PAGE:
Recommended song:  “Cosmik Debris”

 

4)       Eric Clapton – Slowhand

Once I had reached the age where I could appreciate good music, my dad began listening to more and more good music with me around.  I’m sure he was trying to push me in the right direction, which he no doubt did.  I remember the day that dad put this LP on the turntable for me to hear.  Mom and the girls were definitely not home that day, otherwise my loving sisters probably would have thrown a fit about the music being played.  This album contains some of Eric’s biggest hits that are well known to this day, such as “Cocaine,” “Lay Down Sally,” and “Wonderful Tonight.”  The album instantly became a favorite of mine and started putting the guitar bug in my head.  Even today, any time I hear one of the songs from that album, I remember back to when I was a kid, hoping that one day, I could play guitar as well as Eric.  Well, I’m not as good as Eric is now, but the feelings I had long ago still resonate when I hear this album.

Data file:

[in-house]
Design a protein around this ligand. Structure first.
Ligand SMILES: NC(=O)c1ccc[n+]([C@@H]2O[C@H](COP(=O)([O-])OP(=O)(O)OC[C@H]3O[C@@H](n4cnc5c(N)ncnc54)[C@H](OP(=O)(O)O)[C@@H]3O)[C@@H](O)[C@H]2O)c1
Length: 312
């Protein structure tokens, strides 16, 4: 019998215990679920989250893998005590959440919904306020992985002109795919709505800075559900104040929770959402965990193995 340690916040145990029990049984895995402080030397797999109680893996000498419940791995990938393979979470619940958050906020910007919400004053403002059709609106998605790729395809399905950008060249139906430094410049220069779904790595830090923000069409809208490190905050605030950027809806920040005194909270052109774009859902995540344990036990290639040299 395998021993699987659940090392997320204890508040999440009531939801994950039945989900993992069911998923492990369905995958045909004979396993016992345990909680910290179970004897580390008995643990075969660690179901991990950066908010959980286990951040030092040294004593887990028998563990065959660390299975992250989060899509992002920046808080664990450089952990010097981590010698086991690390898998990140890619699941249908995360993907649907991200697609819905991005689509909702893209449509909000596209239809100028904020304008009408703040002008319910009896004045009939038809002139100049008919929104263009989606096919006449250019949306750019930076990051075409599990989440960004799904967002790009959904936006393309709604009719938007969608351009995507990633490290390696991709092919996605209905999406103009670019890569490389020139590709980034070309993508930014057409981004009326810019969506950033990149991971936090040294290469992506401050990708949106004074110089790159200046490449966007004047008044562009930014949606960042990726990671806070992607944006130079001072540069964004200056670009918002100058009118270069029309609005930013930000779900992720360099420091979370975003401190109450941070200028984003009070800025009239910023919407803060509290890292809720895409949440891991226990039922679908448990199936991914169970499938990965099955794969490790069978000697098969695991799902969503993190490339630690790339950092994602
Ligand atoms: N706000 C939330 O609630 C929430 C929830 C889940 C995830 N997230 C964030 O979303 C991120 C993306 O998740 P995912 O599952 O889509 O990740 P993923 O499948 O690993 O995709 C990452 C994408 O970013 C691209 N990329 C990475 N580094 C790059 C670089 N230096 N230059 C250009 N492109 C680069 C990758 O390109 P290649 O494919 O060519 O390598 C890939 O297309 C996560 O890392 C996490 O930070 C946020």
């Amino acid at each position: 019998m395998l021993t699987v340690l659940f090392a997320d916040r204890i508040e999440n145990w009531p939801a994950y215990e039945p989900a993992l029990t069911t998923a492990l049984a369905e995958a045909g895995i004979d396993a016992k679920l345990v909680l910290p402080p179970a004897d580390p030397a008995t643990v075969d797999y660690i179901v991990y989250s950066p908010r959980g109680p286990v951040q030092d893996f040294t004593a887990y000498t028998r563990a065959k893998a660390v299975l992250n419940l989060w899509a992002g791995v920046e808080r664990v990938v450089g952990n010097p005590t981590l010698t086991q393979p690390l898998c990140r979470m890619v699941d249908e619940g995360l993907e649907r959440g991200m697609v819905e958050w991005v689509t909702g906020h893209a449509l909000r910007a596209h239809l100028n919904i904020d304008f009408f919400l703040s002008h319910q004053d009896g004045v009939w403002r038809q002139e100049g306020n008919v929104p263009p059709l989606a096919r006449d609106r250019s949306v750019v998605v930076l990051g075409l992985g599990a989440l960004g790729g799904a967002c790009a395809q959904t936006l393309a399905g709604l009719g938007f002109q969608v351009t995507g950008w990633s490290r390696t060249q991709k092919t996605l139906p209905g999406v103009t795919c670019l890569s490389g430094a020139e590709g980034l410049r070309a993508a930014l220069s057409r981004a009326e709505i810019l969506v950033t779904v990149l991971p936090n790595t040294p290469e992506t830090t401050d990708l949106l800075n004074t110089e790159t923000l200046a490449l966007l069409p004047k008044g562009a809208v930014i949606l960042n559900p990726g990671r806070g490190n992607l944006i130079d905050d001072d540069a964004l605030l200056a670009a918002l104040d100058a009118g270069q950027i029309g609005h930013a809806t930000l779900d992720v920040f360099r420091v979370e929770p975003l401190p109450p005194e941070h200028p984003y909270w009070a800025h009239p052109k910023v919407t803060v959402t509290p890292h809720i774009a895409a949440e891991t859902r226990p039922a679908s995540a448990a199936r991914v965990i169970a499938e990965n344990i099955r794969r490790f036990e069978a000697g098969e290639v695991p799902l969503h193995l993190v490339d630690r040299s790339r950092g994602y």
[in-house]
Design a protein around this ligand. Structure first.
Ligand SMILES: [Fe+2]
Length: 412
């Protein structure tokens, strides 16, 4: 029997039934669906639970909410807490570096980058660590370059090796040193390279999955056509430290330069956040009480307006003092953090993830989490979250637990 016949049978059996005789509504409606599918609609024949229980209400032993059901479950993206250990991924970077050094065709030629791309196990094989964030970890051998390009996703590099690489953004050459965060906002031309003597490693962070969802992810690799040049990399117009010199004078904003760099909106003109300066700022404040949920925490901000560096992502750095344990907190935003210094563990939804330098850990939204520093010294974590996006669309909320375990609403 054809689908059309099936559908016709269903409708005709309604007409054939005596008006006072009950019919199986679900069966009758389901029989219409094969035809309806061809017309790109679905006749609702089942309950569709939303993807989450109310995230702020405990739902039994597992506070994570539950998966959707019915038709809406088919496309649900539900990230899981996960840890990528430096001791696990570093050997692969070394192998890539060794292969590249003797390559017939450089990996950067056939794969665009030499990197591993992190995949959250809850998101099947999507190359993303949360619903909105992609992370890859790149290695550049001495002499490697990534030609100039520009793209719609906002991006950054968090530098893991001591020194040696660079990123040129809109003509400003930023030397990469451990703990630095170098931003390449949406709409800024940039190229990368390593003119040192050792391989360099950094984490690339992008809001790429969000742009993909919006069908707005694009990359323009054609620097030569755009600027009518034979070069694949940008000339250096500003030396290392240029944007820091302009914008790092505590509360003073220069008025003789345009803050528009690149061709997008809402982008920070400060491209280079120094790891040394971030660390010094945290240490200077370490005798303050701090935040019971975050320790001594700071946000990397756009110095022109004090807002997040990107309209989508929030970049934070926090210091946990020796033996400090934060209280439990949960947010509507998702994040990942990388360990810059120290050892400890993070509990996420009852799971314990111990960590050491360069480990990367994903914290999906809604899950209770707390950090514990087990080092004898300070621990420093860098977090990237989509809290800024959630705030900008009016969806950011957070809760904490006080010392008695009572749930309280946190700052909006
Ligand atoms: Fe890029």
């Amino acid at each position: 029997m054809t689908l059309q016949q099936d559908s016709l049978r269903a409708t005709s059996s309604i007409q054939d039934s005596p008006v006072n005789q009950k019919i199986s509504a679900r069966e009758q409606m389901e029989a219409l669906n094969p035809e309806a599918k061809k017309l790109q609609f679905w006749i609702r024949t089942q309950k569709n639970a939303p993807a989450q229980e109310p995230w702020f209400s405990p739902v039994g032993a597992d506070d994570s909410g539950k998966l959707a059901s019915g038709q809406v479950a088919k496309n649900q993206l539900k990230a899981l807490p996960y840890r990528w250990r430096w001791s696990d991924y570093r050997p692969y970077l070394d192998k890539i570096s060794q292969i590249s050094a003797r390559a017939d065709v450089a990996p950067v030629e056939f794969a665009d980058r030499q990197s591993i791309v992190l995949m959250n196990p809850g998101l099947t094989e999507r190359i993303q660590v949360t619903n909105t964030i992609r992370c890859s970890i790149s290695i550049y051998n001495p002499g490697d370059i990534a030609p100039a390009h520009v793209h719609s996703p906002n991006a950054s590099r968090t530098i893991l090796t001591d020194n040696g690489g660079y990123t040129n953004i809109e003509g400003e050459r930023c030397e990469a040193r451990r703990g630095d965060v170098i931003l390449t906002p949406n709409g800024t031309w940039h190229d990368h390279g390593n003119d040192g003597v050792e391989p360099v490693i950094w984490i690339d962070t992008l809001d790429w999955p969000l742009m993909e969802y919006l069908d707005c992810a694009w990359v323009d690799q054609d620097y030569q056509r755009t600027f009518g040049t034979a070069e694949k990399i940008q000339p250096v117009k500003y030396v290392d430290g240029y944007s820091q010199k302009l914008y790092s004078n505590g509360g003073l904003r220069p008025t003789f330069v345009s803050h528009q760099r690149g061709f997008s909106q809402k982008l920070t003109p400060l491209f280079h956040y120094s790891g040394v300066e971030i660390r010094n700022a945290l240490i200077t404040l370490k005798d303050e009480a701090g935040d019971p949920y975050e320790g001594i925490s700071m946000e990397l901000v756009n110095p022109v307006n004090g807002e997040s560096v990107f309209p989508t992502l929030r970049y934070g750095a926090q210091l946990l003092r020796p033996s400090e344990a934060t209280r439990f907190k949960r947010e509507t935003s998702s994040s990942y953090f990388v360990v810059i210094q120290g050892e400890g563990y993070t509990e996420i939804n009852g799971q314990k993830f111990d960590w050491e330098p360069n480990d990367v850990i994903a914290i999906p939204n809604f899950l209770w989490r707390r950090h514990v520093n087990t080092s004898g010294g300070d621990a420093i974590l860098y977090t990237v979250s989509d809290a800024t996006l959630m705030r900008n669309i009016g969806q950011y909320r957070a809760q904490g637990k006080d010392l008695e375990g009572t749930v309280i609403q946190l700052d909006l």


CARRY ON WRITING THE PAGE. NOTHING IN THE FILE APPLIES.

Recommended song:  “The Core”

 

5)       Boston – Don’t Look Back

I mentioned earlier that Boston’s Third Stage album was listened to a lot while growing up.  I don’t know if that was my first exposure to Boston or not, but it was a good one none the less.  I still love that album today, but I do believe that it was their second album, Don’t Look Back that really caught my attention.  Everything about this album hit me:  From Brad Delp’s lead vocals and harmonies to Tom Scholtz’s guitar tone from the Rockman to how catchy the songs are.  Any time I hear a song from this album, I freeze and have to listen to all of it.   It has quite the variety of songs on the album as well, including party rock anthems like “Party” and ballads such as “A Man I’ll Never Be.”  There’s a little something for everyone on this album.  I’d like to quote a line from the song “Party” to wrap up this review.  “If you’ve got something for me, I’ve got something for you…”  I really think that says it all.

Recommended song:  “Don’t Look Back”

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1 Comment

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One response to “The 15 Albums That “Ruined” My Life… Part 1 – The Classics

  1. Charlotte

    Some great music there!!!